On Thursday night, you could almost smell the hope in the air. People on Twitter were talking about what they were doing in 1997 when the news broke that Labour had won the election, and the Tories were at long last out of power. I was a bit young to remember the exact moment, but I can certainly recall the atmosphere of that time. My mum was actively involved in the Labour Party, and worked at the local MP’s office. When Labour won the election, my parents threw a big party to celebrate. I was in charge of the playlist, Spice Girls, obviously. I can remember how excited and happy everyone seemed. And I can remember feeling that myself, though I didn’t really know much about why I should dislike John Major, I can definitely remember feeling glad he was gone.

As I was reading the tweets, I could feel the excitement growing. I’m not a Labour Party member, I’m Green all the way. But I was happy with the thought of Ed leading a minority government with the help of the Greens and other parties. I definitely didn’t think the Tories would end up staying in number 10 for another five years.

And yet, at 10pm, that’s exactly what the exit polls predicted. I’m not exaggerating when I say I felt physically sick. The thought of another five years under the Tories, and without even the Lib Dems to prevent some of their more damaging manifesto pledges, is just awful. We stayed up for most of the night, watching depressing result after depressing result until it became clear that the exit polls were spot on. We would have a Conservative government. And all that comes with that - fox hunting, the privatisation of the NHS, even more welfare cuts, and tax cuts for the wealthy. Because, you know, it makes sense that the most vulnerable in society should be pay the price and help to keep the bank accounts of the wealthy looking good.

One of the most frustrating things about the election, was that I knew going in just how unfair it all was. I’ve always known politics was a bit skewed, and that a lot of people were essentially forced to vote tactically in order to keep less desirable candidates out, but now I know just how unfair it is. In 2011, we had a referendum on the voting system. The proposed change was to the Alternative Vote system, it’s not perfect, and probably isn’t the one I would choose, but I do feel it would have been an improvement on the current First Past The Post (FPTP) system we currently have in place. After a turnout of just 42.2%, the results dictated that people had voted against AV. I think this was largely thanks to the huge No2AV campaign funded by wealthy Tory party donors who obviously didn’t want a fairer voting system that might actually reflect the views of the people (and thus not let the Conservatives into power). After a lot of confusing misinformation and scaremongering, the campaign was successful and we were stick with the FPTP system for a while longer.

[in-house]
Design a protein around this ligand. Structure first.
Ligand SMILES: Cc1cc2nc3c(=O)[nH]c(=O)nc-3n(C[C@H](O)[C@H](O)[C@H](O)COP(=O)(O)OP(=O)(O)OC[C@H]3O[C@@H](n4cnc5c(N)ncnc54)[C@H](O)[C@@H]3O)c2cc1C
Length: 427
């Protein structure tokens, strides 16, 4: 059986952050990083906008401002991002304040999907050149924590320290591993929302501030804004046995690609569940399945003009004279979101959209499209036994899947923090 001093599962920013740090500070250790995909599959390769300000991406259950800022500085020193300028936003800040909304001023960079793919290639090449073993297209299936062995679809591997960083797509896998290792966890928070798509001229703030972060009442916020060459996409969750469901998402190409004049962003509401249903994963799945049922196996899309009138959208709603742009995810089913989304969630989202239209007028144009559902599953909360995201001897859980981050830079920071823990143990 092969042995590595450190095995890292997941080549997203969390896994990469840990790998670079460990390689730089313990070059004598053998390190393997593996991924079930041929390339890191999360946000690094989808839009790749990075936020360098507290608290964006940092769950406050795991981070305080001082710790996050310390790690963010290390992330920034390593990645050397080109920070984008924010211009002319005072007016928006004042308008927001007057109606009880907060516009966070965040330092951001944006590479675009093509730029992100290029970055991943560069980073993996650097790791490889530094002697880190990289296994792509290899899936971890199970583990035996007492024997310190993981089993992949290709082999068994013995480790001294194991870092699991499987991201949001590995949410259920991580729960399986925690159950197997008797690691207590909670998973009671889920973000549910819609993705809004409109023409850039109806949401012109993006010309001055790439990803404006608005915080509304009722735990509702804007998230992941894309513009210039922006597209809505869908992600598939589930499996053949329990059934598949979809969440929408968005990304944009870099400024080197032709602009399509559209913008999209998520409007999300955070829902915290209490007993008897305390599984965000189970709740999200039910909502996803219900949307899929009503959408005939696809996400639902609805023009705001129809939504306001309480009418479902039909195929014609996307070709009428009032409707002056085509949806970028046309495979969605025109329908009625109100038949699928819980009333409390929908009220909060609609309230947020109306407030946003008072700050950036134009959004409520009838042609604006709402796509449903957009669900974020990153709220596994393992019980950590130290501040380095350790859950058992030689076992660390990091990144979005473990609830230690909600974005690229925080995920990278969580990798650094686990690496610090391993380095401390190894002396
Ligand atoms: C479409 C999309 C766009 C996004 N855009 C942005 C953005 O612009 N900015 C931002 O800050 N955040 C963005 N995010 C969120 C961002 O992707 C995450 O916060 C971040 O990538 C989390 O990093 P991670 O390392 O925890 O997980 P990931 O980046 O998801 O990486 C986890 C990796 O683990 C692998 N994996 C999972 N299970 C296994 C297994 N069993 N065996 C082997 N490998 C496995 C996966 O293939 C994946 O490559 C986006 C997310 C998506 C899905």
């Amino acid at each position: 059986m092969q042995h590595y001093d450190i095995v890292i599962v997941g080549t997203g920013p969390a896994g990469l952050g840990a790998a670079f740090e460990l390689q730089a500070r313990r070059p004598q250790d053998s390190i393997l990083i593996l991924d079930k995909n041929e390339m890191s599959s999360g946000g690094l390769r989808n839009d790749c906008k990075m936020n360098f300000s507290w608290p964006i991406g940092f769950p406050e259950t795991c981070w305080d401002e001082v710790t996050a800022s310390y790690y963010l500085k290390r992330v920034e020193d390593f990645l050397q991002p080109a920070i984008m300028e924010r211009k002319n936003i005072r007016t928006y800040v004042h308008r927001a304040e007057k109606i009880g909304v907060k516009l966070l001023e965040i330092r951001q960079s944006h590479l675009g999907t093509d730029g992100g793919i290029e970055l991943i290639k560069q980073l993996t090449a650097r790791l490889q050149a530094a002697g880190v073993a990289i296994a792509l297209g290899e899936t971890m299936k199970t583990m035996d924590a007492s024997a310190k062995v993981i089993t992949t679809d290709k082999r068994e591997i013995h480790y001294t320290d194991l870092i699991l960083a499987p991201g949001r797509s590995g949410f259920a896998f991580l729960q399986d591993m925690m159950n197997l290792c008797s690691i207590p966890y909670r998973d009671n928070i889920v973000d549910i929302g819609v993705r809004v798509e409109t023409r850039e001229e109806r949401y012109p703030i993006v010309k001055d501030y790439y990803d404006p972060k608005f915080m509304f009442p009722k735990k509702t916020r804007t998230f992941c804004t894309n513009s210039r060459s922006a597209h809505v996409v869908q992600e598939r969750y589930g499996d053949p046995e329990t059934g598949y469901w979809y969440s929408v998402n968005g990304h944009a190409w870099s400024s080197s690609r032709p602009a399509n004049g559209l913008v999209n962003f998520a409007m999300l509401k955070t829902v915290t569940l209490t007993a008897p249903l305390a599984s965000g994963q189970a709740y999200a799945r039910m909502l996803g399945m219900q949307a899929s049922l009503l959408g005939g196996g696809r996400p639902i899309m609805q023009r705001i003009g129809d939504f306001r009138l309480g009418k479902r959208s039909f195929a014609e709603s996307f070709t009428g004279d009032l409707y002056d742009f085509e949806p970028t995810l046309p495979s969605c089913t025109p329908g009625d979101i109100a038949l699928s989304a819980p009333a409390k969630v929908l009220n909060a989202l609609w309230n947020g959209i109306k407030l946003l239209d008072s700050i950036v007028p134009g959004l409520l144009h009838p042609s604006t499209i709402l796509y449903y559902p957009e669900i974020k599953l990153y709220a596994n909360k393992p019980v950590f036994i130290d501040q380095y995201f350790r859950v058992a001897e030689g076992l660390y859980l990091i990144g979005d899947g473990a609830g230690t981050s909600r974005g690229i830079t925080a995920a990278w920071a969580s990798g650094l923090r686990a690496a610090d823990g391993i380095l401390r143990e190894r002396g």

To give you an idea of how unfair our voting system is, here are some facts:

Only around one fifth of the eligible population voted for the Conservatives, and yet they now have a five year term ahead of them.

The Conservative’s 11 million votes secured them over 300 seats. The Greens received over a million votes (so about an eleventh of the Tory’s total votes) and now have Just One Seat.

Thanks to the way our voting system works,each Tory seat is worth just 34,348 votes. For The Greens, a single seat was worth over a million votes. And for UKIP, almost four million votes were worth just one seat.

The SNP didn’t get many more votes than The Greens, and yet they now have 56 seats in parliament and the Greens have just one.

Now, I’m not saying I want to see UKIP with more power. I don’t, obviously. But, if 12.6% of the population voted UKIP, then this should be represented in government. People often use far right parties as an excuse for keeping FPTP. But, the current system is pushing all of the parties to the right anyway. As the fight each other for votes, all of the mainstream parties are moving further and further to the right in pursuit of UKIP’s votes. You only have to glance at the immigration policies of the major parties to see that they aren’t a much more compassionate option anyway. And, it’s important to remember that if we had a fairer voting system in place, people would vote differently. People wouldn’t need to vote tactically, or use their votes to rebel against parties, instead people would be free to choose the parties they actually want to vote for. Doesn’t that sound like a better system?

And while we’re at it, why do we have a House of unelected representatives who get to make decisions about how the country is governed? This is ridiculous, no?

If you think we deserve a fairer voting system, please sign the Electoral Reform Society’s petition calling for one. You can find the petition here, also check out their website when you get a minute. I think I’m going to join. Electoral reform might be unlikely under the Tories, but that means it’s more important than ever before.

This post is for the Read All About It linky. The idea is that each week bloggers link up their news related posts here, and then we can read, comment on and share each other’s posts. I’m always looking for new blogs to read, and especially love reading news posts so please do link up. I’m guessing quite a few bloggers will have written about the election results this week! Your posts don't have to be about the election though. They can relate to absolutely any news story from this week or last. It could be local, national or international news.